Date of Award
Master of Arts (MA)
Dr. H. Robert Baker
Dr. Charles Steffen
Whether through legal assault, private manumissions or slave revolt, the institution of slavery weathered sustained and substantial blows throughout the era spanning the American Revolution and Constitutional Era. The tumult of the rebellion against the British, the inspiration of Enlightenment ideals and the evolution of the American economy combined to weaken slavery as the delegates converged on Philadelphia for the Constitutional Convention of 1787. Even in the South, it was not hard to find prominent individuals working, speaking or writing against slavery. During the Convention, however, Northern delegates capitulated to staunch Southern advocates of slavery not because of philosophical misgivings but because of economic considerations. Delegates from North and South looked with anticipation toward the nation’s expansion into the Southwest, confident it would occasion a slavery-based economic boom. Consequently, the institution of slavery was given room to thrive in ways that would take decades and a devastating war to overcome.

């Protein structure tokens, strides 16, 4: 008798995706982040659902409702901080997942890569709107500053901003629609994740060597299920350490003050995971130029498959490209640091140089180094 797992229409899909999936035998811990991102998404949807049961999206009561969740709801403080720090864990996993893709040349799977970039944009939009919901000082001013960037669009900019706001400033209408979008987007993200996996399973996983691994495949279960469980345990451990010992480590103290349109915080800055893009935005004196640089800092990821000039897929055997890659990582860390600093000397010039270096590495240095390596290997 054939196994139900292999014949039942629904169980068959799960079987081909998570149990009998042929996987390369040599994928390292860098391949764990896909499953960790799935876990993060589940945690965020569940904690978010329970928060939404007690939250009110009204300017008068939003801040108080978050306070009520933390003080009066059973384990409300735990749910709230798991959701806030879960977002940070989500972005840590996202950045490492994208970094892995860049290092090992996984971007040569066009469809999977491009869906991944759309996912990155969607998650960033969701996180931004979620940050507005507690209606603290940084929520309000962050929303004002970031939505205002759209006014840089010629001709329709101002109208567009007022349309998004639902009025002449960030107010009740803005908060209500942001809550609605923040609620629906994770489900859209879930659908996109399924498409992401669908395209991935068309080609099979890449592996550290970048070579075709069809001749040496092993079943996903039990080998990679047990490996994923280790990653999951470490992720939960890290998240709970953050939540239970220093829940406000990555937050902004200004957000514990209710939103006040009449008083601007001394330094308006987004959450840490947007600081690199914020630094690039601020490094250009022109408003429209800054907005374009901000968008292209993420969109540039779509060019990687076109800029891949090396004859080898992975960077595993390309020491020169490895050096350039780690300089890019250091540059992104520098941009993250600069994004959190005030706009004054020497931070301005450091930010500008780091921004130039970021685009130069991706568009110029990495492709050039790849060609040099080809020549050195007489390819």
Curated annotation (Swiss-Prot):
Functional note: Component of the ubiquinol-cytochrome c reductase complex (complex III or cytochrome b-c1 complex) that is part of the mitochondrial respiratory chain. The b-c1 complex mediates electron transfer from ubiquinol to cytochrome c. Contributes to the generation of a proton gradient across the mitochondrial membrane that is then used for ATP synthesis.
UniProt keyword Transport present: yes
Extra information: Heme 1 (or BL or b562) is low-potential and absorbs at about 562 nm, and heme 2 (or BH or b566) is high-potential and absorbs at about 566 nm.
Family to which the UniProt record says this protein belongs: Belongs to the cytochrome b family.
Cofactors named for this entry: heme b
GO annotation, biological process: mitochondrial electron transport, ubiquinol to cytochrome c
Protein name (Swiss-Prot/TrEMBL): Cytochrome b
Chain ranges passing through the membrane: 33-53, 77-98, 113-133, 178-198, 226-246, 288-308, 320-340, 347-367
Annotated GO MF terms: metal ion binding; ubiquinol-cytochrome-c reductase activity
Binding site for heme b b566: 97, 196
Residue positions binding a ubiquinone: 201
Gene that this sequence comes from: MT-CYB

Butler, Jason, "Down But Not Out: How American Slavery Survived the Constitutional Era." Thesis, Georgia State University, 2015.